Archive for the ‘asana’ Category

I frequently get asked if there are DVDs and/or books that I’d recommend for new students (or even experienced students). I just got an email from Yoga Journal offering a discount on the DVDs I like best.

The Step By Step series is a great introduction to yoga or even as a way to fine-tune your asana and breath practice. The coupon is 20% an individual DVD or something like 45% off for all three.  Enter coupon code SBS2 at checkout and click “Redeem Coupon” to receive your discount or call 1-800-I-DO-YOGA (436-9642).

I don’t plug a lot of yoga ‘stuff’ here, just the things I use and love myself. I highly recommend getting all three discs.

In related news, my recommendating for practicing with a DVD (whether you’ve practiced yoga previously or not) is to watch the DVD at LEAST once to make sure you’re familiar with the positions. If there’s anything that sounds confusing, make notes on a sheet of paper that you can keep next to your mat during practice. You should NOT be looking up at the DVD while you’re practicing – it’s bad for your body and negates all the good work you’re trying to do!


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Of course, every day there has been a good day. I really enjoy the folks there and have liked getting to know new people in town.

I got an email today from a yoga teacher in Michigan. There’s a workshop the weekend that I’m going home to see my mom and I registered for a session on Sunday while she’s at church. I’m really looking forward to it, since my practice has slacked while I’m acclimating to the altitude. I’m just hoping a week away doesn’t mean I start all over when I come back.

My reading record so far in 2009 isn’t too bad, so I’m considering keeping track of the books here, with an impromptu review if I feel the need. I haven’t made up my mind as yet. I’ve officially used all my remaining book gift cards and I’m looking forward to all of them showing up. Some of these are books I’ve wanted for ages and several are by authors I love enough to buy in hardcover (with someone else’s money).  It would be amazing if some of them arrived before my road trip but I’m not holding my breath.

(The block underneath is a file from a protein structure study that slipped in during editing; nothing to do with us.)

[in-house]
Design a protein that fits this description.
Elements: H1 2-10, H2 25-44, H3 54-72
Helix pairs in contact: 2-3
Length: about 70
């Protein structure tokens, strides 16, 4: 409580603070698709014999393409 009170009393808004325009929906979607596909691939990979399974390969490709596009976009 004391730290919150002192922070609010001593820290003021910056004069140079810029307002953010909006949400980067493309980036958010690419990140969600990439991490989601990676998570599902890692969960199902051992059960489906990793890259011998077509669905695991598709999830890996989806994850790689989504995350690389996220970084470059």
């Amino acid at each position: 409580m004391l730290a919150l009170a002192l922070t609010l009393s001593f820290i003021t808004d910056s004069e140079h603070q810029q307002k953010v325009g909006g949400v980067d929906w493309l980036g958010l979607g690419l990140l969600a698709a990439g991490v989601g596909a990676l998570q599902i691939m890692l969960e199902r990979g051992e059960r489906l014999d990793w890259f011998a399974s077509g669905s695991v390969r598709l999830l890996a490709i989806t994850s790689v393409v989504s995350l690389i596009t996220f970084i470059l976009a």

Now that I uploaded my pics and took care of Daily Leadville, I think I’m going to head to sleep.

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I packed two additional boxes of food (no, I’m not done). I created my WTF H$lidays mix. I also ripped 3 mix CDs for my cross-country drive. Luckily my CR-V has a tape player and I’m armed with mix tapes from college. Fie on thee, bad radio reception!

Crippling my packing effort has been the usa network. Yesterday it was Bring it On and today, Stick It. I love those movies with most of my heart and, yes, I’m easily distracted.

Today Cheryl is coming over to pick up a spare bedroom set. In retrospect it was possibly a bad idea to get rid of it, what with (yanno) the spare bedrooms. On the other hand, we don’t have to move it and it’s not like we get that many overnight visitors anyhow.

I’m in the laundry proces, will pack the last of all clothing materials except what I need for the next four days, pack the food and bathroom necessities. I’ll tape up the remaining boxes and I think Shane is coming over to help me do a trial run on packing the car. With any luck, I’ll get to a yoga class tonight.

Speaking of yoga, I was doing side plank in a class the other night and noticed that my shoulders and arms are looking pretty ripped. Nice. I don’t generally notice my body from an aethetic standpoint (I’m more of a ‘function’ kind of girl) so it usually takes a pretty dramatic change/visual to grab my attention, but it was kind of cool. I don’t think my arms have gotten dramatically bigger/stronger, I just haven’t had occasion to look at myself in side plank for a while.

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But feel confused or intimidated – or you just aren’t sure how to practice on your own without a teacher – I’d highly recommend this special issue of Yoga Journal. It gives great descriptions of the asanas, some example ‘flows’ that you can work through on your own, and it talks about modification. Most importantly, it talks about inversions in terms of safety and strength, with none of the ‘reverse the flow of blood’ asshattery. You can order it from the site, either in hard copy or digital.